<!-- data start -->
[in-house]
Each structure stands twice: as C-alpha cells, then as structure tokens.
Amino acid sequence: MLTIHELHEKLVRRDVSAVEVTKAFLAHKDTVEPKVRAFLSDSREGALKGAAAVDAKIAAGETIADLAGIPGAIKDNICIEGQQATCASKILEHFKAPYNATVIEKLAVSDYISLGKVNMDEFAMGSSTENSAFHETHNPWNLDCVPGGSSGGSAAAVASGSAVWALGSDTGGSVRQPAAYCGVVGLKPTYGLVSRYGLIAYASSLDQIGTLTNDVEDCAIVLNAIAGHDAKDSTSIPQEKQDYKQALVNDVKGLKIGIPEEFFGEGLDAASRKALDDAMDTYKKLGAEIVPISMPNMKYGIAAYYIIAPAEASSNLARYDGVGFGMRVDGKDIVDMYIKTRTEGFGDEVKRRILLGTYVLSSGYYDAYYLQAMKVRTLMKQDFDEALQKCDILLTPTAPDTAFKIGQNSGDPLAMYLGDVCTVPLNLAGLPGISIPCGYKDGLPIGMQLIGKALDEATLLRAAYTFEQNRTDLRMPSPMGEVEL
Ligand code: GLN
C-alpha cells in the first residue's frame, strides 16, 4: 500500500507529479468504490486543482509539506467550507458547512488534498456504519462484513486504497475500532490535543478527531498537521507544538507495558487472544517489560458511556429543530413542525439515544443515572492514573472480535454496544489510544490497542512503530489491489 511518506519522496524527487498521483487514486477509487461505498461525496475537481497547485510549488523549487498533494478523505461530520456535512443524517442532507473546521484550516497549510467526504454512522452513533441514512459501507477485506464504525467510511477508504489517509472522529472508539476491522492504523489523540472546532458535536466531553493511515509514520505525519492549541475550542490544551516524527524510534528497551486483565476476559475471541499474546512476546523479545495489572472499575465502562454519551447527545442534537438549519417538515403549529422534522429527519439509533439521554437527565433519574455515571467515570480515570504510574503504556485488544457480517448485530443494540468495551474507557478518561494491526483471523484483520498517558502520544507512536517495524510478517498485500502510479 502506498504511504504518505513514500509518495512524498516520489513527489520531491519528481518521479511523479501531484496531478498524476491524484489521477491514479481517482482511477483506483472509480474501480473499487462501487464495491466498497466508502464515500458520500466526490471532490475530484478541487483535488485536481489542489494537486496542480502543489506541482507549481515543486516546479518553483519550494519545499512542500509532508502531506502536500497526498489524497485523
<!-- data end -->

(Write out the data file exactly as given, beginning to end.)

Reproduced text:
[in-house]
Each structure stands twice: as C-alpha cells, then as structure tokens.
Amino acid sequence: MLTIHELHEKLVRRDVSAVEVTKAFLAHKDTVEPKVRAFLSDSREGALKGAAAVDAKIAAGETIADLAGIPGAIKDNICIEGQQATCASKILEHFKAPYNATVIEKLAVSDYISLGKVNMDEFAMGSSTENSAFHETHNPWNLDCVPGGSSGGSAAAVASGSAVWALGSDTGGSVRQPAAYCGVVGLKPTYGLVSRYGLIAYASSLDQIGTLTNDVEDCAIVLNAIAGHDAKDSTSIPQEKQDYKQALVNDVKGLKIGIPEEFFGEGLDAASRKALDDAMDTYKKLGAEIVPISMPNMKYGIAAYYIIAPAEASSNLARYDGVGFGMRVDGKDIVDMYIKTRTEGFGDEVKRRILLGTYVLSSGYYDAYYLQAMKVRTLMKQDFDEALQKCDILLTPTAPDTAFKIGQNSGDPLAMYLGDVCTVPLNLAGLPGISIPCGYKDGLPIGMQLIGKALDEATLLRAAYTFEQNRTDLRMPSPMGEVEL
Ligand code: GLN
C-alpha cells in the first residue's frame, strides 16, 4: 500500500507529479468504490486543482509539506467550507458547512488534498456504519462484513486504497475500532490535543478527531498537521507544538507495558487472544517489560458511556429543530413542525439515544443515572492514573472480535454496544489510544490497542512503530489491489 511518506519522496524527487498521483487514486477509487461505498461525496475537481497547485510549488523549487498533494478523505461530520456535512443524517442532507473546521484550516497549510467526504454512522452513533441514512459501507477485506464504525467510511477508504489517509472522529472508539476491522492504523489523540472546532458535536466531553493511515509514520505525519492549541475550542490544551516524527524510534528497551486483565476476559475471541499474546512476546523479545495489572472499575465502562454519551447527545442534537438549519417538515403549529422534522429527519439509533439521554437527565433519574455515571467515570480515570504510574503504556485488544457480517448485530443494540468495551474507557478518561494491526483471523484483520498517558502520544507512536517495524510478517498485500502510479 502506498504511504504518505513514500509518495512524498516520489513527489520531491519528481518521479511523479501531484496531478498524476491524484489521477491514479481517482482511477483506483472509480474501480473499487462501487464495491466498497466508502464515500458520500466526490471532490475530484478541487483535488485536481489542489494537486496542480502543489506541482507549481515543486516546479518553483519550494519545499512542500509532508502531506502536500497526498489524497485523